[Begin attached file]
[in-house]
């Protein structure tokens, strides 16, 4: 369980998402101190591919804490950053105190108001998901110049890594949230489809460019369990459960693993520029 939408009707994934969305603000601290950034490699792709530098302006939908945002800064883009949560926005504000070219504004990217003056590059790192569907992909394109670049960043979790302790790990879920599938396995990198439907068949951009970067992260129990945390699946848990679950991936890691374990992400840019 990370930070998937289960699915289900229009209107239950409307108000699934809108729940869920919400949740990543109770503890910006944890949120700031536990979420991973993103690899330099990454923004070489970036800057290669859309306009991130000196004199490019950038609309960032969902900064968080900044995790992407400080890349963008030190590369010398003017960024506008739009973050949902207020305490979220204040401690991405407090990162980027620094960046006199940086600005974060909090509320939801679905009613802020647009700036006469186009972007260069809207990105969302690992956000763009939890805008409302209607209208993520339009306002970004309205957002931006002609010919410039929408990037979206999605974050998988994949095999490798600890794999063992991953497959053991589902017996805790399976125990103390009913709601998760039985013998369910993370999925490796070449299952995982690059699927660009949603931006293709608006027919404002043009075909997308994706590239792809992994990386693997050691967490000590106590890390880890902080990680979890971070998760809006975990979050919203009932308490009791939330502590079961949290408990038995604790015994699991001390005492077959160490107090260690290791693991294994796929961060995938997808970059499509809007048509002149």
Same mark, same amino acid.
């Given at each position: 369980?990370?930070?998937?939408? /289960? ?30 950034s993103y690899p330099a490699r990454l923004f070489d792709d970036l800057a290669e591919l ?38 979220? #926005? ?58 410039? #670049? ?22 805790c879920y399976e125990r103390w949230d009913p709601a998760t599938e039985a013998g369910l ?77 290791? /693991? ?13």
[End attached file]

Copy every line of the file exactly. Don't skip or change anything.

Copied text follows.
[in-house]
């Protein structure tokens, strides 16, 4: 369980998402101190591919804490950053105190108001998901110049890594949230489809460019369990459960693993520029 939408009707994934969305603000601290950034490699792709530098302006939908945002800064883009949560926005504000070219504004990217003056590059790192569907992909394109670049960043979790302790790990879920599938396995990198439907068949951009970067992260129990945390699946848990679950991936890691374990992400840019 990370930070998937289960699915289900229009209107239950409307108000699934809108729940869920919400949740990543109770503890910006944890949120700031536990979420991973993103690899330099990454923004070489970036800057290669859309306009991130000196004199490019950038609309960032969902900064968080900044995790992407400080890349963008030190590369010398003017960024506008739009973050949902207020305490979220204040401690991405407090990162980027620094960046006199940086600005974060909090509320939801679905009613802020647009700036006469186009972007260069809207990105969302690992956000763009939890805008409302209607209208993520339009306002970004309205957002931006002609010919410039929408990037979206999605974050998988994949095999490798600890794999063992991953497959053991589902017996805790399976125990103390009913709601998760039985013998369910993370999925490796070449299952995982690059699927660009949603931006293709608006027919404002043009075909997308994706590239792809992994990386693997050691967490000590106590890390880890902080990680979890971070998760809006975990979050919203009932308490009791939330502590079961949290408990038995604790015994699991001390005492077959160490107090260690290791693991294994796929961060995938997808970059499509809007048509002149």
Same mark, same amino acid.
């Given at each position: 369980?990370?930070?998937?939408? /289960? ?30 950034s993103y690899p330099a490699r990454l923004f070489d792709d970036l800057a290669e591919l ?38 979220? #926005? ?58 410039? #670049? ?22 805790c879920y399976e125990r103390w949230d009913p709601a998760t599938e039985a013998g369910l ?77 290791? /693991? ?13």